We've had Intel's Core i5 in the lab now for almost three months, benchmarking, overclocking, and fiddling with a bundle of pre-production motherboards. Along the way, we've raised questions and sought answers. One of those questions was largely theoretical, but we wanted defensible backup anyway: does the on-die PCI Express connectivity integrated into Intel's Core i5 and Core i7 CPUs for LGA 1156 have any affect on gaming performance?
All of these benchmarks were actually run before we even received a CPU sample from Intel. But because we knew we'd be running tests on the new i5 and i7 processors (and before we started interpreting data from those processors or their P55-based platform), it was important to figure out how much our gaming results would be affected by the CPUs themselves, with Turbo Boost and Hyper-Threading already serving as significant variables.
Asking The Right Questions
Knowing that these two new mainstream processor families incorporate 16 lanes of second-gen PCI Express on-die, yet tout CrossFire and SLI support, what happens to your frame rates when you run a single card in such a low-latency x16 interface? How about the effect of splitting that link into a pair of x8 connections? Will Core i5 handicap you right out of the gate with multi-card configurations?
Just for a bit of perspective, remember that Intel's P45 chipset also divides 16 lanes into a pair of x8 links when two AMD-based cards are installed. Thus, we're comparing Core i5 to P45 here, in addition to X58 and AMD's 790GX (the former serving up two x16 links while running in CrossFire, and the latter delivering a x8/x8 split).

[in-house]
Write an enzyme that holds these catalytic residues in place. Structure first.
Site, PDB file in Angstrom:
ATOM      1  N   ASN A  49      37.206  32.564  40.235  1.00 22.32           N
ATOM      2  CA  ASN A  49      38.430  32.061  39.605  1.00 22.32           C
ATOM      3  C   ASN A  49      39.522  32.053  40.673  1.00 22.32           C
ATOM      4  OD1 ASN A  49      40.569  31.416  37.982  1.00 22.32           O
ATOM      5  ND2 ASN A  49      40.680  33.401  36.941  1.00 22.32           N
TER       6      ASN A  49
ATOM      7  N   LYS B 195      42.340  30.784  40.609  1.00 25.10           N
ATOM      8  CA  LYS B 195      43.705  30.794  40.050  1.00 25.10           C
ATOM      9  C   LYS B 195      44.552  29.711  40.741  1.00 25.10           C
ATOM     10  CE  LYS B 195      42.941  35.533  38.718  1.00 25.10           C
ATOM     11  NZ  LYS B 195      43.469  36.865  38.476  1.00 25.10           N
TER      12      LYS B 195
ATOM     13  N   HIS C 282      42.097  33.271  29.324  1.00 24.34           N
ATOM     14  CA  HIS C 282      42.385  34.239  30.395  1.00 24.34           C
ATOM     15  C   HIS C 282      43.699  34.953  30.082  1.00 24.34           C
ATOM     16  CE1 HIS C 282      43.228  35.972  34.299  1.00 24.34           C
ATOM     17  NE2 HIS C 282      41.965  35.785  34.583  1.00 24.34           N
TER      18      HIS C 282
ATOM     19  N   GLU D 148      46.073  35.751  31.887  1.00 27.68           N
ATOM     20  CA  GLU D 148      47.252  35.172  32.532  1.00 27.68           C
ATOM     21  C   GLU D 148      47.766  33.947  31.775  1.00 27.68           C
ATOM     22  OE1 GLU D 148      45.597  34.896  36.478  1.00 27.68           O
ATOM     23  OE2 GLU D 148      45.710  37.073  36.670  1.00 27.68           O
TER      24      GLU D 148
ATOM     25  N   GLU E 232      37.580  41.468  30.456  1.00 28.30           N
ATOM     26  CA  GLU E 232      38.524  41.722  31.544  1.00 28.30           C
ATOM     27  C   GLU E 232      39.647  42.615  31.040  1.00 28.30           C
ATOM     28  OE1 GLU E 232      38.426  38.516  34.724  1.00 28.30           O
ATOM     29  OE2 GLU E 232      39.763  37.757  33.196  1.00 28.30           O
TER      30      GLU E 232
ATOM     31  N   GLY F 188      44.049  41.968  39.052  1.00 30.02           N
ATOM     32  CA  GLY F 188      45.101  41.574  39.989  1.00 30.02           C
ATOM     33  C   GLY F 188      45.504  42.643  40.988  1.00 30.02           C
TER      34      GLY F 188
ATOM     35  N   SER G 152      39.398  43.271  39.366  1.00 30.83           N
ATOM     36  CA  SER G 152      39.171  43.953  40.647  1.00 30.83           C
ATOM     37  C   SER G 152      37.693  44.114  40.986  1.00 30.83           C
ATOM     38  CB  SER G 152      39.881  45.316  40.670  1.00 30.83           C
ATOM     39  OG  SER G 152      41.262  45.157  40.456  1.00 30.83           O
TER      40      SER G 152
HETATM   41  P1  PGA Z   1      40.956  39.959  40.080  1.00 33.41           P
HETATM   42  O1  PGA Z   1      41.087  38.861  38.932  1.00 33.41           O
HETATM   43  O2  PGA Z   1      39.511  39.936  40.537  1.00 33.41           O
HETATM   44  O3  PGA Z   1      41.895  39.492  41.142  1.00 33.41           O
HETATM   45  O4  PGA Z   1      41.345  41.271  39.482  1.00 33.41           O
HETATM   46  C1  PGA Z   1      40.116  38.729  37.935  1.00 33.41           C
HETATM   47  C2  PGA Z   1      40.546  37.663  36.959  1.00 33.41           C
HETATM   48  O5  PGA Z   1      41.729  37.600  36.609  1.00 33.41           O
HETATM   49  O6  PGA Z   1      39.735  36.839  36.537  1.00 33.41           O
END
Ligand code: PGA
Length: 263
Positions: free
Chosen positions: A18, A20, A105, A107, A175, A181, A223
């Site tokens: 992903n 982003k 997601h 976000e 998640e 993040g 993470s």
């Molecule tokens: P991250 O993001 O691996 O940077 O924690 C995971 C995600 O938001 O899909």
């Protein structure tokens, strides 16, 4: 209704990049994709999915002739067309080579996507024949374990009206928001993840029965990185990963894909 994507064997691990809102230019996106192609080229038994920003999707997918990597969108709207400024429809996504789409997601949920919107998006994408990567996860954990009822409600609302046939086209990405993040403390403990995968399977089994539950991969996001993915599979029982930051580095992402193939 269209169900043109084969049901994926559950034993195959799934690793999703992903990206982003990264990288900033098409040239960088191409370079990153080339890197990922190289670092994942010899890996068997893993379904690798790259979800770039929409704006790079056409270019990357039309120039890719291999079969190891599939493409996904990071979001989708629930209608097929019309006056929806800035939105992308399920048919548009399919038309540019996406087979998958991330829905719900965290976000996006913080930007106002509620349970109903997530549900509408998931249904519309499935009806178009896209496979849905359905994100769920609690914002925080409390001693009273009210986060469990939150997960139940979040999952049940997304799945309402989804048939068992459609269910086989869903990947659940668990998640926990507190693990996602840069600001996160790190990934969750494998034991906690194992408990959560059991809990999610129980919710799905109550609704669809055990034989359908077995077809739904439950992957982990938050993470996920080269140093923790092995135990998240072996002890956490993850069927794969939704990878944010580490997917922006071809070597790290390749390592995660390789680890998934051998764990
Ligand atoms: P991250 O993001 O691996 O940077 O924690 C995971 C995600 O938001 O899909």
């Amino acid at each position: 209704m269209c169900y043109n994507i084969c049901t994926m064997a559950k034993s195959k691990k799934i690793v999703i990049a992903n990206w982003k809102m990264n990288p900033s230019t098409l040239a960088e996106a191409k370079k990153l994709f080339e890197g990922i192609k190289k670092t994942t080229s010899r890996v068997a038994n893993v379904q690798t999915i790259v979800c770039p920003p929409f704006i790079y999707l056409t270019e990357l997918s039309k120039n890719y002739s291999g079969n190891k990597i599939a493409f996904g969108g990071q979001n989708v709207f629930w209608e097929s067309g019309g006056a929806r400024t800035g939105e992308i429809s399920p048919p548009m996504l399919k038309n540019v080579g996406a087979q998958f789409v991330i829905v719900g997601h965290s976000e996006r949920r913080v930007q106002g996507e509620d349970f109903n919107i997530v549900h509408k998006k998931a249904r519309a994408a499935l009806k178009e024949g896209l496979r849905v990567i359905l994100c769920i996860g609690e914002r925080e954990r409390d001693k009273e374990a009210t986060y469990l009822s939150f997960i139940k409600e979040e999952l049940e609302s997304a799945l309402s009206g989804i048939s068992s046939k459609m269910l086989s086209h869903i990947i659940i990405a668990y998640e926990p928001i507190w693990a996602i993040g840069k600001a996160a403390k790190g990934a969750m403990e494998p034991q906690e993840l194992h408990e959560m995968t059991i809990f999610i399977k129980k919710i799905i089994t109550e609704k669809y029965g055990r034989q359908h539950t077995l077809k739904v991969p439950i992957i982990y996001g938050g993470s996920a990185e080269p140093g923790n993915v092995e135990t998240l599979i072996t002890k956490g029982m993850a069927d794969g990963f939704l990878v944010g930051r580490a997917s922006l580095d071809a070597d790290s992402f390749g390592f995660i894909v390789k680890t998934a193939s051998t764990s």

Up until today, we’ve been all about Core i7-920 overclocked to somewhere around 4 GHz on an X58 motherboard with 6 GB of memory in a triple-channel arrangement. That’s a nearly-$600 proposition between the CPU, motherboard, and memory. If Core i5 can bring processor and motherboard prices down far enough, we’re guesstimating a price tag of $400-$425 with a drop to 4 GB of memory. Should Intel's new mainstream lineup proves fast enough, the ~$170 savings could translate to a “free” GeForce GTX 260 or Radeon HD 4870…so long as gaming performance is at least competitive with an LGA 1366-based Core i7, that is.
On-Die PCIe: A New Design Cue
As you likely already know, the Lynnfield design (on which the Core i5 and certain Core i7 processors center) includes 16 lanes of second-gen PCI Express. Why? Because the processor attaches to Intel’s P55 chipset via DMI (as opposed to Core i7’s single QPI link); there isn’t enough throughput between the two components for single-, much less dual-GPU communication.
Of course, this opens the door to some interesting performance-oriented questions. Does the on-die PCI Express link reduce latencies enough to improve performance with a single card installed versus Core i7? Does splitting the 16-lane connection into a pair of x8s make enough of a difference to manifest itself in gaming benchmarks with two cards installed?
How about the folks upgrading from Core 2 Quad machines, or those considering Phenom II as they wait to see what Core i5 will do?
We’ve put together the hardware needed to answer those questions from a fairly high level. Remember, these benchmarks were run on pre-production hardware for the purpose of answering a largely academic question. Turbo Boost was disabled on the LGA 1366 platform, as were all of the power-saving processor technologies that might otherwise skew our look at frame rates.
- Four Architectures, Four Chipsets, Tons Of Variables
- Four Architectures, Four Chipsets, Tons Of Variables, Continued
- Hardware And Software Benchmark Setup
- Benchmark Results: 3DMark Vantage
- Benchmark Results: Stalker: Clear Sky
- Benchmark Results: Crysis
- Benchmark Results: Far Cry 2
- Benchmark Results: Left 4 Dead
- Benchmark Results: World In Conflict
- Benchmark Results: H.A.W.X.